There is conflicting evidence that acupuncture is useful in patients with acute non-specific low back pain (Inconsistent level of evidence – Moderate volume – Non-current – Variable thought).
There is some evidence to use acupuncture in acute low back pain with radiculopathy (Low Volume – Current)
There is conflicting evidence that acupuncture is useful in patients with subacute non-specific low back pain(Inconsistent level of evidence – High volume – Non-current – Variable thought).
There is evidence that therapeutic acupuncture is beneficial in managing chronic non-specific low back pain (Inconsistent level of evidence – High volume – Non-current – Uniform thought (PARM recommends).

3.21. Toward Optimized Practice 2011 (TOP, Canada) 2011 Ø

Toward Optimized Practice. Evidence-informed primary care management of low back pain Edmonton (AB): Toward Optimized Practice. 2011:37p. [197355].

There is insufficient evidence to recommend for or against the following interventions for acute or subacute low back pain: [Acupuncture]

3.22. The Clinic on Low-back pain in Interdisciplinary Practice (CLIP, Canada) 2008 ⊕

Poitras S, Rossignol M, Dionne C, Tousignant M, Truchon M, Arsenault B, Allard P, Coté M, Neveu A. An interdisciplinary clinical practice model for the management of low-back pain in primary care: the CLIP project. BMC Musculoskelet Disord. 2008;9:54. [199150].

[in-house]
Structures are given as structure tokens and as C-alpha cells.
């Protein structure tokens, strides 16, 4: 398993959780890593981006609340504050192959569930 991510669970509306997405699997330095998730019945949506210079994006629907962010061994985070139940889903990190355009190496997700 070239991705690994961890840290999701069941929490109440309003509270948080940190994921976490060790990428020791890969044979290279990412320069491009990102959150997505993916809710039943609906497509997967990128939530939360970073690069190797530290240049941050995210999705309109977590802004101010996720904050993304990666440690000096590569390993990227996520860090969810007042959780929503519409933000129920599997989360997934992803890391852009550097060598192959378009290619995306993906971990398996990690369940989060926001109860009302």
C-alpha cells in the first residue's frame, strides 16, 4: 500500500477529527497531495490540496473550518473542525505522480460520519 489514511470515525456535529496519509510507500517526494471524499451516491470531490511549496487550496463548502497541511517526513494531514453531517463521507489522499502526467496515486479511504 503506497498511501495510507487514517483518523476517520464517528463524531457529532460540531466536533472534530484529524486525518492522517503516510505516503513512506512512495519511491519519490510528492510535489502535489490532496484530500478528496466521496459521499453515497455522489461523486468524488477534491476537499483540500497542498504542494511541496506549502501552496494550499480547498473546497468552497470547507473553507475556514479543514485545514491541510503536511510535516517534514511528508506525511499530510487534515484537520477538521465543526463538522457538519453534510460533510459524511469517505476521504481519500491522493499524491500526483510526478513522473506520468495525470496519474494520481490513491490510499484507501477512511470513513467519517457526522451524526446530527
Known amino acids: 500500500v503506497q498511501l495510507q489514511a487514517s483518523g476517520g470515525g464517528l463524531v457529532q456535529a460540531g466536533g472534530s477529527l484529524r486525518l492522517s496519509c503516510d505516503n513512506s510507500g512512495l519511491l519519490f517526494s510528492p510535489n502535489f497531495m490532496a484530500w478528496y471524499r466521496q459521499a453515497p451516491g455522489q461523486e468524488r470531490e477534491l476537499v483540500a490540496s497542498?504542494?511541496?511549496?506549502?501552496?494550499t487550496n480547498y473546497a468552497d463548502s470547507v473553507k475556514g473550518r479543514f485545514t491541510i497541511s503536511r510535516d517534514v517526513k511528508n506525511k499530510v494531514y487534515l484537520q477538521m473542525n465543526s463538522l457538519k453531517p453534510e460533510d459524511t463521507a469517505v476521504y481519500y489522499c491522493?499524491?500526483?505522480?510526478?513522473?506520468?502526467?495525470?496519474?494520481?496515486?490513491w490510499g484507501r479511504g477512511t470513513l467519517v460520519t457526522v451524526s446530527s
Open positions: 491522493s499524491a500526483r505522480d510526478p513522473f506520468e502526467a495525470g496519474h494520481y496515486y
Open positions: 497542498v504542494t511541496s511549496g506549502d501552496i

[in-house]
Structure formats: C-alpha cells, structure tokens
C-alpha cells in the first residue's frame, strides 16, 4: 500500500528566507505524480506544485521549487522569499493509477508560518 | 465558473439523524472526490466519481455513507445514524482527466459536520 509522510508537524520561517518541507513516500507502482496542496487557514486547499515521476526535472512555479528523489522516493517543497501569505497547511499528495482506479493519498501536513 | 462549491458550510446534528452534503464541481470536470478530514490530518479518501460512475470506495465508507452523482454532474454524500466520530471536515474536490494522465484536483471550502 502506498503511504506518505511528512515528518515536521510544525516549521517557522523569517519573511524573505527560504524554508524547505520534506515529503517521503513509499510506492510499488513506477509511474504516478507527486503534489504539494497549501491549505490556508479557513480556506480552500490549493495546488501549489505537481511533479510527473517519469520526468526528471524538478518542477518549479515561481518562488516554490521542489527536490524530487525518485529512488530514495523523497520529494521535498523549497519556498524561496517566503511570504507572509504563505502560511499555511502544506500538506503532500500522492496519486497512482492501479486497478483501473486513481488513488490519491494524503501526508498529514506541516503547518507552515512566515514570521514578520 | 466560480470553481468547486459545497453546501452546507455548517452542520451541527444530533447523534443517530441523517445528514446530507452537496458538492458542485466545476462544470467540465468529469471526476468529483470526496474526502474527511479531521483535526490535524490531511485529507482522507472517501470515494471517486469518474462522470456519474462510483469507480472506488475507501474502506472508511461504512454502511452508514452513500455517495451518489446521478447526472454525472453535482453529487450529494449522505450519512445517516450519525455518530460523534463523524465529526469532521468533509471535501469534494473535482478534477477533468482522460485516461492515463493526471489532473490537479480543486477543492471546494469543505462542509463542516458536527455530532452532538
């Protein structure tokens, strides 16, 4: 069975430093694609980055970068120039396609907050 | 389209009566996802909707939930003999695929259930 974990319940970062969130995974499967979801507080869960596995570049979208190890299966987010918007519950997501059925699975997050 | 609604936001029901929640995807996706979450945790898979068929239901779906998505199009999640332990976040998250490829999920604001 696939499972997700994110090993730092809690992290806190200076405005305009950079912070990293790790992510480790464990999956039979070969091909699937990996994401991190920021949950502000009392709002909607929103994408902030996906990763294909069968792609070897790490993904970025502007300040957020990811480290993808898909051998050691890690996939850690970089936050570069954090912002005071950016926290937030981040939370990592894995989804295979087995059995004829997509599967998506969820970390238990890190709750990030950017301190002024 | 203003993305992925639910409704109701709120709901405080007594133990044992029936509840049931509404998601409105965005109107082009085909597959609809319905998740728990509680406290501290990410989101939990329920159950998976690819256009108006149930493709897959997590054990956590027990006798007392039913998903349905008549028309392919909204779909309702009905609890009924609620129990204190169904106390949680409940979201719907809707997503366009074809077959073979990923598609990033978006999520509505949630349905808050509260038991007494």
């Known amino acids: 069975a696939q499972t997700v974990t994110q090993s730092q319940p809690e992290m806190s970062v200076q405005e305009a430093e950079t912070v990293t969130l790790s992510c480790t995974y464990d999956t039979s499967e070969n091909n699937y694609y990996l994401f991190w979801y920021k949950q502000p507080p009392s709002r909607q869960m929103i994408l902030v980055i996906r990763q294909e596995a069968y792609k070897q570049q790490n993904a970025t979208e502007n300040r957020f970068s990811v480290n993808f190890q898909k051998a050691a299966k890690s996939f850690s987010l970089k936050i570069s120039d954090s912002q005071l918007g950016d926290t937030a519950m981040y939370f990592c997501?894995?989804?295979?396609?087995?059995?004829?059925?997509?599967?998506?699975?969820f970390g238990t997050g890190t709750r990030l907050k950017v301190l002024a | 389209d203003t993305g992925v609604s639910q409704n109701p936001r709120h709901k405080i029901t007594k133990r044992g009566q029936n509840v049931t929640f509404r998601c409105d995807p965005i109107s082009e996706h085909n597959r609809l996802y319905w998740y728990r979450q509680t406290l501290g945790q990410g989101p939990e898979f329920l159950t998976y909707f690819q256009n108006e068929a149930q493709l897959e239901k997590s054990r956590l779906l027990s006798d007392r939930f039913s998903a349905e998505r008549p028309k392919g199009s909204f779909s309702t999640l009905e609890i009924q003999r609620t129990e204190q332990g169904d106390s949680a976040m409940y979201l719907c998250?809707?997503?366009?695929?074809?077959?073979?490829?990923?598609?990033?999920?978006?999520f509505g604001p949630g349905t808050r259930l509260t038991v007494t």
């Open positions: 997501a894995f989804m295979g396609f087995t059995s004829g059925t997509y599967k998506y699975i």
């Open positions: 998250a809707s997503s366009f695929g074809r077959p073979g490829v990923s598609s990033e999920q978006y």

Acute low-back pain (0–4 weeks). Can be recommended: Acupuncture (Grade of scientific evidence : poor).
Subacute subacute low-back pain (4–12 weeks). Can be recommended : Acupuncture (Grade of scientific evidence : poor).
Persistent low-back pain (12 weeks +). Can be recommended : Acupuncture (Grade of scientific evidence : poor).

3.23. European evidence-based Guidelines (Europe, COST ACTION B13) 2006 Ø

Van Tulder M, Becker A, Bekkering T, et al. Chapter 3. European guidelines for the management of acute nonspecific low back pain in primary care. Eur Spine J. 2006;15(Suppl 2):S169- 5191. [200329].

Recommendations for treatment are only included if there is evidence from systematic reviews or high quality RCTs on acute nonspecific low back pain. No RCTs have been identified on various commonly used interventions for acute low back pain, for example acupuncture, heat/ cold, electrotherapy, ultrasound, trigger point and facet joint injections, and physiotherapy (defined by a combination of information, exercise therapy and physical modalities (e.g, massage, ultrasound, electrotherapy).